Tuesday, August 28, 2018 by Frances Bloomfield
The plant world has long been viewed as a source of viable remedies for hypercholesterolemia or high cholesterol. One such plant that has been considered as a potential cure is artichoke. Thus, a study published in the Australian Journal of Basic and Applied Sciences has taken an in-depth look at the possible cardiovascular and renal effects of this nutrient-rich vegetable.
- The researchers purchased and prepared aqueous extracts derived from the pulp and leaves. In addition, 60 male rats and crystalline, powdered cholesterol were also bought.
- One week before experimentation, all the rats were placed on the basal diet. This consisted of: 0.02 percent choline chloride, one percent vitamin mixture, four percent salt mixture, five percent cellulose, 10 percent corn oil, 12 percent casein, and 100 percent cornstarch. Furthermore, all rats were weighed on a weekly basis.
- Following this, the rats were split into two groups. The first or negative control group continued the basal diet. The second or hypercholesterolemic group also continued this diet with the addition of two percent cholesterol for 14 days.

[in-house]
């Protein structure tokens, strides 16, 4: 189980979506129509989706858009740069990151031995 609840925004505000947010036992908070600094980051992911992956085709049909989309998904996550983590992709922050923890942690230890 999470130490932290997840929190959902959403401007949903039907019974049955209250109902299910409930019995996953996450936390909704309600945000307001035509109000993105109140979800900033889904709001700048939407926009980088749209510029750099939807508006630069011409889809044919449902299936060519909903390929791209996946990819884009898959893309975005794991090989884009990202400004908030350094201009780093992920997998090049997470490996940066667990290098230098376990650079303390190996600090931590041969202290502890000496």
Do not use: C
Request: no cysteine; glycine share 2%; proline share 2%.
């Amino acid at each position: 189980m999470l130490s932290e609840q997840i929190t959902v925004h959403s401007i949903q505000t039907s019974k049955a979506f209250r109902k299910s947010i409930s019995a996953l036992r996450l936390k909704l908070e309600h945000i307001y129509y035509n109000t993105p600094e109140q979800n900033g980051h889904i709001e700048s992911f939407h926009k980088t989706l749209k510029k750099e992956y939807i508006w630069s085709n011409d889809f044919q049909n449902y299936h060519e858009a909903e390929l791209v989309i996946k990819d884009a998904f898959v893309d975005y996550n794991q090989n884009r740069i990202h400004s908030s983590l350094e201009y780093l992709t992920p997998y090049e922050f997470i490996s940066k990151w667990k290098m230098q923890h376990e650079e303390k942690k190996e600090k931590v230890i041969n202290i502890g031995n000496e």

- Once two weeks had passed, the second group was further divided into four smaller groups. For an additional 14 days, two subgroups were given 200 and 400 mg/kg doses of artichoke leaf extract; the other two subgroups were fed artichoke pulp extract in 200 and 400 mg/kg servings.
- Blood, heart, and liver samples were acquired and examined 24 hours after the experiment ended.
- Analyses revealed that both types of artichoke extract reduced the body weight gain and food efficiency ratio of the hypercholesterolemic rats, leading to lower cholesterol levels. However, the leaf-derived extract was found to be more effective at decreasing triglyceride and serum cholesterol levels, particularly in higher doses.
- The artichoke extracts also positively impacted liver function by lowering alanine transaminase (ALT), aspartate transaminase (AST), and alkaline phosphatase (ALP). High levels of these enzymes are indicative of liver dysfunction, meaning that artichoke extract has a protective effect on the liver.
The researchers concluded their study by stating that artichoke had a beneficial effect on the heart and the liver.
To read the full text of the study, visit this link.
Go to Heart.news to view more studies or news articles concerning heart health.
Header EA, ElSawy NA, Alkushi AG. BIOLOGICAL EFFECT OF CYNARA CARDUNCULUS ON LIVER AND HEART STATUS FOR HYPERCHOLESTEROLEMIC RATS. Australian Journal of Basic and Applied Sciences. 2017; 11(2), 41-49. [PDF]